The Pre-Sleep Arousal Scale (PSAS) is a secondary measure in this study (Nicassio et al.
1985). The PSAS measures somatic and cognitive arousal in the time period that is right before sleep. The measure demonstrated good internal consistency for both the cognitive and somatic subscales in populations of normal sleepers (cognitive
α = 0.67 and somatic
α = 0.84) and insomniacs (cognitive
α = 0.76 and somatic
α = 0.81). The PSAS was only administered from study block 2 onwards (i.e., data were not available from the first 13 participants). In the current study, internal consistency was good at
α = 0.72 for both subscales.
Warwick-Edinburgh Mental Wellbeing Scale
The WEMWBS is a 14-item scale which has been developed to monitor general mental wellbeing and has been used in the evaluation of programs aiming to improve mental wellbeing (Tennant et al.
2007). Respondents indicate how well they fell mentally on a Likert scale from 1 to 5. The WEMWBS has high internal consistency (
α = 0.91). Excellent internal consistency was also observed in the current sample:
α = 0.92.
Five Facet Mindfulness Questionnaire
The FFMQ is a 39-item measure consisting of five subscales used to assess the construct of mindfulness (Baer et al.
2008). The five component skills that are thought to constitute mindfulness are observing, describing, acting with awareness, non-judging of inner experience, and non-reactivity to inner experience. The five scales of the FFMQ have adequate to good internal consistency, with alpha coefficients ranging from 0.75 to 0.91. In the current study, internal consistency was high for the total FFMQ score:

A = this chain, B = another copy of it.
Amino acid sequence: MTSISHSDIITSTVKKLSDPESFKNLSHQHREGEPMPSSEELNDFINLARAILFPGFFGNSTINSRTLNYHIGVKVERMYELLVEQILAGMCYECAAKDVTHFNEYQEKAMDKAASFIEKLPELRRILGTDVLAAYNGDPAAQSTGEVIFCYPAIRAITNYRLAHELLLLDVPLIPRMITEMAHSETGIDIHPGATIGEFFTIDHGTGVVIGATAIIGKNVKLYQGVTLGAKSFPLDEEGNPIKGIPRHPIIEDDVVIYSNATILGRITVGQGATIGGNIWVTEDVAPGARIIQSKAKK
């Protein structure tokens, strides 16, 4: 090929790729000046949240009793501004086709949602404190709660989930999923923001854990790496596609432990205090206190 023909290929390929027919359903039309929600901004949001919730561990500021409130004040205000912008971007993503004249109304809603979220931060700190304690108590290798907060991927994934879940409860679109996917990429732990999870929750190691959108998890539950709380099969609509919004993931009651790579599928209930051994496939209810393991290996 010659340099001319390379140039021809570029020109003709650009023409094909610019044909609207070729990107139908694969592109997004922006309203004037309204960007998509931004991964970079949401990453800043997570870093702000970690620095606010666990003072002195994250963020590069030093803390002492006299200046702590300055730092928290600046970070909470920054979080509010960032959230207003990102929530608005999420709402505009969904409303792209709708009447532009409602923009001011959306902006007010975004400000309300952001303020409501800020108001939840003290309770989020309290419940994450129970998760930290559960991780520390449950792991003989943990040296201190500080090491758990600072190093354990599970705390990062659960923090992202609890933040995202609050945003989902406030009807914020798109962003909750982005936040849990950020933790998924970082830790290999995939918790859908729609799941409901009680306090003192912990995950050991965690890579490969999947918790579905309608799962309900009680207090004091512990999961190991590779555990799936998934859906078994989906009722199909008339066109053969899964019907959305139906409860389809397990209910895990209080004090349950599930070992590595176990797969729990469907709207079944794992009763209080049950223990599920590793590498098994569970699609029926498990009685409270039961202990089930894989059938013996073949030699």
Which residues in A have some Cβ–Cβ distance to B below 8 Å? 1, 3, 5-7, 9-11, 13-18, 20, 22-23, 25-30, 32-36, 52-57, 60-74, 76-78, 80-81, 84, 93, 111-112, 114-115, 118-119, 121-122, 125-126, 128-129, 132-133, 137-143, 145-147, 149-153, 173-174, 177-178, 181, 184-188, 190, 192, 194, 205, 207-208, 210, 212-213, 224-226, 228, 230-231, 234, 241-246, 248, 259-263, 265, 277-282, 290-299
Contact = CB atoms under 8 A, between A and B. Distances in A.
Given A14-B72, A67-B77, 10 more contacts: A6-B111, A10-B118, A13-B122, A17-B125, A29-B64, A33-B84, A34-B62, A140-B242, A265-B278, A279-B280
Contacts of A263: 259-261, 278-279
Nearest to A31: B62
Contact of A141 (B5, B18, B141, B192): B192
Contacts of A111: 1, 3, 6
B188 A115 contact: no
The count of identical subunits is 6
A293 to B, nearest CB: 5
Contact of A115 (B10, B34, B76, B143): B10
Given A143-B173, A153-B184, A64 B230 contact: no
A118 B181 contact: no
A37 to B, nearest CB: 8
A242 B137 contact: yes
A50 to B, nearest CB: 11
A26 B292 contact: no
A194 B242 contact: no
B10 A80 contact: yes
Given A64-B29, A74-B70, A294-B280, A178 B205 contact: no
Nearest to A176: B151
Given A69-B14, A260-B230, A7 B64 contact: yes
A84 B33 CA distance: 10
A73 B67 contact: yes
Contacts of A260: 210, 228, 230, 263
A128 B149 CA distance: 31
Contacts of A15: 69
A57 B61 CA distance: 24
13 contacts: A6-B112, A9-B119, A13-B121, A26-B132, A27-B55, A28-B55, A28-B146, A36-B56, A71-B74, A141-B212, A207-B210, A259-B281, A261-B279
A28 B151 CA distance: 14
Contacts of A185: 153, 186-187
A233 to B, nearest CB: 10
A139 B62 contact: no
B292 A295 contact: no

α = 0.90.
The MEQ is a 19-item scale to measure which time period in a day a person’s circadian rhythm is at peak alertness (Horne and Ostberg
1976). Questions are framed in a preferential manner, where the respondent is asked to indicate when, for example, he/she would prefer to wake up or start sleep, rather than when he/she actually does.
Demographic information was also collected from each participant (age, gender, occupation, race, marital status, education level, household income).
Actigraphy (Actiwatch 2, Philips Respironics Inc., Pittsburgh, PA), which estimates sleep and wake cycles by monitoring movement and light exposure, was measured for 1 week prior to and directly following the intervention period. These data were analyzed if the participant was able to provide at least 3 weekdays and 1 weekend of scorable records in each data collection period.
Sleep and wake times on the actigraphic data were marked by two experienced research assistants. We standardized this scoring via a protocol that prioritized actigraphy markers, then sleep diaries, and finally a distinct drop in movement and light levels. Discrepancies of > 1 h between scorers on any night were arbitrated by one of the senior investigators. Scorers were blind to the group assignment of participants. Our primary outcome variables of interest derived from the actigraphy were sleep onset latency (SOL), wake after sleep onset (WASO), and sleep efficiency (SE). These variables were calculated automatically using Actiware software (version 6.0.2). For completeness, we also calculated and report time in bed (TIB) and total sleep time (TST). Variables were weighted by weekdays/weekends so that this ratio was 5:2 for all participants, regardless of how many nights of scorable actigraphy data they contributed.